You are here
Ahmed Wins Advanced Research/Creative Endeavor Award
Bioengineering student Minhal Ahmed '19 was awarded the Undergraduate Advanced Research/Creative Endeavor Award for his research project entitled, "The Gut-Brain-Axis: Exploring the Interface Between Enteroendocrine Cells and the Enteric Nervous System" which he will complete with Professor Abigail Koppes and her ABNEL Lab Team. The Northeastern Office of the Provost grants this award to support compelling undergraduate projects executed under the mentorship of faculty.
How, exactly, do our gut bacteria talk to our brain-- and how does it talk back? This question drives Ahmed's work in Koppes' Lab. He shares, "In addition to the Rebecca's Cafe sandwich we ate for lunch, our intestines harbor a rich community of commensal microorganisms that constitute the gut microbiota. The gut microbiome plays a crucial role in maintaining normal gastrointestinal (GI) function, and dysbiosis of this microbiome has been implicated in not only GI disorders like inflammatory bowel disease, but also psychological disorders like anxiety and depression. Mounting associative evidence suggests that our microbial inhabitants communicate with our brain and influence high-order functions like mood and cognition, but the mechanisms underlying this gut-brain signaling remain unclear."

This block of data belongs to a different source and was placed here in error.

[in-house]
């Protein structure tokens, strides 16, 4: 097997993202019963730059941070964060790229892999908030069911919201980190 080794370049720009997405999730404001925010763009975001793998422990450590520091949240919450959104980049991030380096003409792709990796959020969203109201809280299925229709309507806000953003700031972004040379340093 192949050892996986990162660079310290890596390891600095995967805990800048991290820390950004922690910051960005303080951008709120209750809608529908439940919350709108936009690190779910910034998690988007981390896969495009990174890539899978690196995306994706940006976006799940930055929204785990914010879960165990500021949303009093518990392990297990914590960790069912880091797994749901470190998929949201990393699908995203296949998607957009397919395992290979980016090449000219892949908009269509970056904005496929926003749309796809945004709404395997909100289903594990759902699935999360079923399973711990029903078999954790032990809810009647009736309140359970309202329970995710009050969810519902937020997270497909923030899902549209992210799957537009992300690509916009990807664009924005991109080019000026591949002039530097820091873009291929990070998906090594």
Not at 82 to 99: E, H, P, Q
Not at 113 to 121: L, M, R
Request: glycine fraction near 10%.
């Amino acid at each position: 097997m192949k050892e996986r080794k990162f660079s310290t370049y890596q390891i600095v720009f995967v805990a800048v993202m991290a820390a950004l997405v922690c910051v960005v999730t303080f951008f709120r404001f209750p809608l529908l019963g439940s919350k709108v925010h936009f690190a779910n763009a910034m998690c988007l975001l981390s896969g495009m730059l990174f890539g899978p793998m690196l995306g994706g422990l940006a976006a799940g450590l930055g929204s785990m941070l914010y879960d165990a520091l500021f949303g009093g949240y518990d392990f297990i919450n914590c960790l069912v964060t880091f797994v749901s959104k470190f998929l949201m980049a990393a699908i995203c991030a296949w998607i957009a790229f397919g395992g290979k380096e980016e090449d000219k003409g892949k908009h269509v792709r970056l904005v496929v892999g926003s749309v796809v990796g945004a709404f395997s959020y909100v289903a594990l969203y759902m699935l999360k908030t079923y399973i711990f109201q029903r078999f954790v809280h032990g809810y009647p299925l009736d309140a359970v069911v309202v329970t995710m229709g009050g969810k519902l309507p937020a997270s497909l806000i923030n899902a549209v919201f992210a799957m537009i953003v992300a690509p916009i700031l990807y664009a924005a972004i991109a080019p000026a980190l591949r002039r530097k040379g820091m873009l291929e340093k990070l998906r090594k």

His research explores signals between the enteroendocrine cells (EEC) of the gut and the enteric neurons of the enteric nervous systems as a potential route of direct neural signaling between the gut lumen and the brain. Towards this goal, Ahmed is developing a microfluidic platform to study the interface between EEC and enteric neurons and enable controlled experiments of EEC-ENS signaling. He remarks, "This project is exciting to me because I believe that uncovering the ways by which our increasingly-appreciated gut microbiome affects both our physiological and psychological health can have revolutionary consequences for our understanding of health and disease, and ultimately lead to new treatment options for both GI and psychological disorders." Additionally, this work, "allows me to apply the knowledge I have gained through Northeastern's bioengineering curriculum to create a novel platform for studying a poorly understood system." After graduating from Northeastern Ahmed plans to pursue an MD/PhD to continue conducting research that extends the understanding of human physiology, and better equips medical professionals to treat it when problems arise.